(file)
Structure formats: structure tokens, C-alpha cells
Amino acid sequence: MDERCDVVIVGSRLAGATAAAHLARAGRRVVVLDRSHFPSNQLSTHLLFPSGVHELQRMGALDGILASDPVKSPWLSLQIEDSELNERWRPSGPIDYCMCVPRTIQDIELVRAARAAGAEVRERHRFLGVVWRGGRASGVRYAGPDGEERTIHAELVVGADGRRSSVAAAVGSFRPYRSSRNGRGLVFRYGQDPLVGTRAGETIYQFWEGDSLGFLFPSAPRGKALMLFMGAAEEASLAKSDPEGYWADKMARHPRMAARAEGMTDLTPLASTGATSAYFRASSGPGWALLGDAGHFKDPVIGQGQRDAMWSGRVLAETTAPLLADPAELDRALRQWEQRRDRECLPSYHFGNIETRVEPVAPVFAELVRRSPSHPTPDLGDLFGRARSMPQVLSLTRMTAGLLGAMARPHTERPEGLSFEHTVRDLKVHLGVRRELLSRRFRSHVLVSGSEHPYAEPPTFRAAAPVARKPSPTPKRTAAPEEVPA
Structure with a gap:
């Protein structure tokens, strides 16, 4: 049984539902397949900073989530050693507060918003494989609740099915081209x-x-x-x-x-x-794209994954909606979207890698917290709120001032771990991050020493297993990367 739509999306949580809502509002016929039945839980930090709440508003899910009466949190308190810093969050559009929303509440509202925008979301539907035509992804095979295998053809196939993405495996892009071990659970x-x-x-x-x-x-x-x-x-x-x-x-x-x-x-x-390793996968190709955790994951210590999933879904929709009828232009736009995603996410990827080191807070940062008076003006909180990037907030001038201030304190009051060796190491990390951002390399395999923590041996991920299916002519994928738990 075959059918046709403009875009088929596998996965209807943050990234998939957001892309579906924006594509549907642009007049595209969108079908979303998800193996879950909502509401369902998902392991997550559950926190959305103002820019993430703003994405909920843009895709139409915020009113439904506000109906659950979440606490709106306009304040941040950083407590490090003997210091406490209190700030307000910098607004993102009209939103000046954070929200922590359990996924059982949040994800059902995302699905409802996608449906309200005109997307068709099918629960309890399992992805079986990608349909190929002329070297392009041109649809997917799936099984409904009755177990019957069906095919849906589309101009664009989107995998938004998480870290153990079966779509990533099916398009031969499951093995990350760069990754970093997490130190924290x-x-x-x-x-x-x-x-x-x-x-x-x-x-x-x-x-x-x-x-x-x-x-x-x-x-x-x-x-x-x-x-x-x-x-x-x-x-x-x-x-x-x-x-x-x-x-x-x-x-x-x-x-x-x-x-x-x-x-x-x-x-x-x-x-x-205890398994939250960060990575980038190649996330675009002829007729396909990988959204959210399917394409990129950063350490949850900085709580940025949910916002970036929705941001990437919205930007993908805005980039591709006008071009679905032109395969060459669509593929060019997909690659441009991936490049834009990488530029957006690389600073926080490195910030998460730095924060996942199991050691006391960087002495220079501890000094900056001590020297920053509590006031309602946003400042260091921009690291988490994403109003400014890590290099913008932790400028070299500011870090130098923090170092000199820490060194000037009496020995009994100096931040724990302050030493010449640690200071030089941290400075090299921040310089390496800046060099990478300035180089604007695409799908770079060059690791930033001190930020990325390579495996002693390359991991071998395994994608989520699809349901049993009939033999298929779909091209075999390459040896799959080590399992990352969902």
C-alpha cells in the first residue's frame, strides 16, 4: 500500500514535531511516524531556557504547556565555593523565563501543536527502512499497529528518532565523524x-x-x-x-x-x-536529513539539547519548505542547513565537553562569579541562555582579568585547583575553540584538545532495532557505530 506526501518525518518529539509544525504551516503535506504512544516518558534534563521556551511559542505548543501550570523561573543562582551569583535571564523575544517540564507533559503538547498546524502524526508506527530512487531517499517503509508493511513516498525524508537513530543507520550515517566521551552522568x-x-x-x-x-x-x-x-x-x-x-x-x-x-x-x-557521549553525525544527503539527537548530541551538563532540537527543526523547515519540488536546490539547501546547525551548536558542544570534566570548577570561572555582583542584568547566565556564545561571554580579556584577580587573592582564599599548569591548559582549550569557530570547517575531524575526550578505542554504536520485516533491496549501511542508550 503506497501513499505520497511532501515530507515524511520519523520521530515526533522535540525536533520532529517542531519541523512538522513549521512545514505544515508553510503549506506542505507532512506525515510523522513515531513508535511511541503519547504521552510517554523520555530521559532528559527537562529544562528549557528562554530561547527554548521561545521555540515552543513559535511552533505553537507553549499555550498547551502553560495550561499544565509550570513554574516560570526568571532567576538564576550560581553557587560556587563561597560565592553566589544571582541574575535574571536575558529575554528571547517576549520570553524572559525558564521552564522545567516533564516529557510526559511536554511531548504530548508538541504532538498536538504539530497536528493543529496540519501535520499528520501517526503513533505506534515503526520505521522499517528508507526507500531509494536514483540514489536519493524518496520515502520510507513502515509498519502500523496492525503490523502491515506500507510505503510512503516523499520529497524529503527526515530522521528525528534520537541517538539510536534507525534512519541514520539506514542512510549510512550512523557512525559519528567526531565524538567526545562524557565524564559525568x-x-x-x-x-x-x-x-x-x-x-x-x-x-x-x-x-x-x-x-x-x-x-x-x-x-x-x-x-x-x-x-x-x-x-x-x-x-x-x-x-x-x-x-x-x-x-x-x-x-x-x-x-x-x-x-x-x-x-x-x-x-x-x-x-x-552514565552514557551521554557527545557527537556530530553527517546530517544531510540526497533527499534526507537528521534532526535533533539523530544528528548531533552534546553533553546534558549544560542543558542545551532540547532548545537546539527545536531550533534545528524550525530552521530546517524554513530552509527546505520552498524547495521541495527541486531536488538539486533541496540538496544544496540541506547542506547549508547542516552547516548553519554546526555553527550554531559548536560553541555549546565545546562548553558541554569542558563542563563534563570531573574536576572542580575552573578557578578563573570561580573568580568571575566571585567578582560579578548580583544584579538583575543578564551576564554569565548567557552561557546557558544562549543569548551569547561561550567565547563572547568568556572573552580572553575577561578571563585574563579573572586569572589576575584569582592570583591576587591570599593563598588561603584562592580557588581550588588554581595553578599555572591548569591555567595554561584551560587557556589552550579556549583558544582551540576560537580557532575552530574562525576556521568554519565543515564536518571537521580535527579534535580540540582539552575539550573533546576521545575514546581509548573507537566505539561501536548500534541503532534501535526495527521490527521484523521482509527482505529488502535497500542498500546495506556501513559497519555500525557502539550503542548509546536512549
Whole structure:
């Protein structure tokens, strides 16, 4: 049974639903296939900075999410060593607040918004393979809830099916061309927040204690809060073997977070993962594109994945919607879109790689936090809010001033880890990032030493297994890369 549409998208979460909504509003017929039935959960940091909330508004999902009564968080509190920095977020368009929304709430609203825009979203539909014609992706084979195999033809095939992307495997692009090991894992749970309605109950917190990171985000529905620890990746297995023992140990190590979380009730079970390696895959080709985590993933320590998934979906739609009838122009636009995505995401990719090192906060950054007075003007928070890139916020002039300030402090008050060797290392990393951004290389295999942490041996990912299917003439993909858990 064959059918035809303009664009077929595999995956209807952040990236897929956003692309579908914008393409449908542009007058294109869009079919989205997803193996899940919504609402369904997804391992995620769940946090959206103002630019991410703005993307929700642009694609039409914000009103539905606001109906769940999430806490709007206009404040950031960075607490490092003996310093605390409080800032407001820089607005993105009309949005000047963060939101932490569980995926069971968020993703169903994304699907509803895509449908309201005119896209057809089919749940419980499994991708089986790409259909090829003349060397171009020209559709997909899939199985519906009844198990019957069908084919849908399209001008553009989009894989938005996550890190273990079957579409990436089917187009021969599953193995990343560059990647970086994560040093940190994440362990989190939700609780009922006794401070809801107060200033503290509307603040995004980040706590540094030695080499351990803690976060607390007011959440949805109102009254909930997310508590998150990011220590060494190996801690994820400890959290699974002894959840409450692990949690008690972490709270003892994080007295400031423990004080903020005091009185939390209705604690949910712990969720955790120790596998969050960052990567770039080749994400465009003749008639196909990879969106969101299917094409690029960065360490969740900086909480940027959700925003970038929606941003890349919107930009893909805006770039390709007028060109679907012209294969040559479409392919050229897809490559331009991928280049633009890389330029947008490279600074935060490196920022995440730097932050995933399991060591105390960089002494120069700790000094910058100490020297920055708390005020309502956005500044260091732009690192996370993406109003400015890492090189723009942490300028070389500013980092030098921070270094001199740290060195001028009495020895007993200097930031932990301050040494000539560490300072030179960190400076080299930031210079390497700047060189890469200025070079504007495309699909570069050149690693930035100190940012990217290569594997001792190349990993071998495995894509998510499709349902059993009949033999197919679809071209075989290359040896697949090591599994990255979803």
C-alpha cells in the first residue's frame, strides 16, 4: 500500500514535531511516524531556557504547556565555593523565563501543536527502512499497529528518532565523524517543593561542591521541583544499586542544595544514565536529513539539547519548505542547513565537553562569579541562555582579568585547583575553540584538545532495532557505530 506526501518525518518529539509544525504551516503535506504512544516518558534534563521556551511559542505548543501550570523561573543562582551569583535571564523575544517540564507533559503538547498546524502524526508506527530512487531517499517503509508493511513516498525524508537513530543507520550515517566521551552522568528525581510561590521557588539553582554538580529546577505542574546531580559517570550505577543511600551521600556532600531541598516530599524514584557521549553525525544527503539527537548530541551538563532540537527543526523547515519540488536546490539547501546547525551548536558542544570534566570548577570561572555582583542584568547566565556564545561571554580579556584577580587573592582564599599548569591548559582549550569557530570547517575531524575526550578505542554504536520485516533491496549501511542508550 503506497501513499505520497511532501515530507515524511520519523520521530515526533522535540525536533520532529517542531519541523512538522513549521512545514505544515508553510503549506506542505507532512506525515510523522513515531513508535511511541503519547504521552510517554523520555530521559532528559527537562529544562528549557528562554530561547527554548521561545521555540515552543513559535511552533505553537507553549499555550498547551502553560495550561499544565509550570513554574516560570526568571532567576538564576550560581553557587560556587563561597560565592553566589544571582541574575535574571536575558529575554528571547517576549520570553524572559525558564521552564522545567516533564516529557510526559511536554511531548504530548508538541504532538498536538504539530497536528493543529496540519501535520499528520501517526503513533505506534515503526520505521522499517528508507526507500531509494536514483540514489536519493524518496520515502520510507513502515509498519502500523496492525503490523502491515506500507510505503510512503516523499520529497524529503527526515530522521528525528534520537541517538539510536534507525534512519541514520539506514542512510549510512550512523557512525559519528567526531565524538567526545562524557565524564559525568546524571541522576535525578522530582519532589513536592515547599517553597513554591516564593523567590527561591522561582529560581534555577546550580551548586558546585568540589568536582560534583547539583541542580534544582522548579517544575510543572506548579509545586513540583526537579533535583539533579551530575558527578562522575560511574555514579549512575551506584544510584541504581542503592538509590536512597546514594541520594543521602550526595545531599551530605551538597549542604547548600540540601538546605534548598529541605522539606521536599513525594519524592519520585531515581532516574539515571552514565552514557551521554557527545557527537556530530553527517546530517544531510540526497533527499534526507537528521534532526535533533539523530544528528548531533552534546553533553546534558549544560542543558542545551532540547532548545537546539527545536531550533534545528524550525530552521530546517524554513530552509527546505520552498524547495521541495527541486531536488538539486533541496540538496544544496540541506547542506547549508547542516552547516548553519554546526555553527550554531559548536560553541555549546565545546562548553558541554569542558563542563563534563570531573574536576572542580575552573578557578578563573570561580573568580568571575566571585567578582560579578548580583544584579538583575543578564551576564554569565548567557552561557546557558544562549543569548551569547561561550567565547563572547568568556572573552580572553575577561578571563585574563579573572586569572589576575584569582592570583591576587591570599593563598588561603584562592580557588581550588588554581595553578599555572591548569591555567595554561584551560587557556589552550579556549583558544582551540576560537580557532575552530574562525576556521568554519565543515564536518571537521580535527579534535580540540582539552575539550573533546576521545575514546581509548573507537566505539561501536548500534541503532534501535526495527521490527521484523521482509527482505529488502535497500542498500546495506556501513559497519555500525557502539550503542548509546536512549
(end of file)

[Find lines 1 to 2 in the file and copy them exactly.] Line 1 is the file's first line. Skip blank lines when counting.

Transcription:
Structure formats: structure tokens, C-alpha cells
Amino acid sequence: MDERCDVVIVGSRLAGATAAAHLARAGRRVVVLDRSHFPSNQLSTHLLFPSGVHELQRMGALDGILASDPVKSPWLSLQIEDSELNERWRPSGPIDYCMCVPRTIQDIELVRAARAAGAEVRERHRFLGVVWRGGRASGVRYAGPDGEERTIHAELVVGADGRRSSVAAAVGSFRPYRSSRNGRGLVFRYGQDPLVGTRAGETIYQFWEGDSLGFLFPSAPRGKALMLFMGAAEEASLAKSDPEGYWADKMARHPRMAARAEGMTDLTPLASTGATSAYFRASSGPGWALLGDAGHFKDPVIGQGQRDAMWSGRVLAETTAPLLADPAELDRALRQWEQRRDRECLPSYHFGNIETRVEPVAPVFAELVRRSPSHPTPDLGDLFGRARSMPQVLSLTRMTAGLLGAMARPHTERPEGLSFEHTVRDLKVHLGVRRELLSRRFRSHVLVSGSEHPYAEPPTFRAAAPVARKPSPTPKRTAAPEEVPA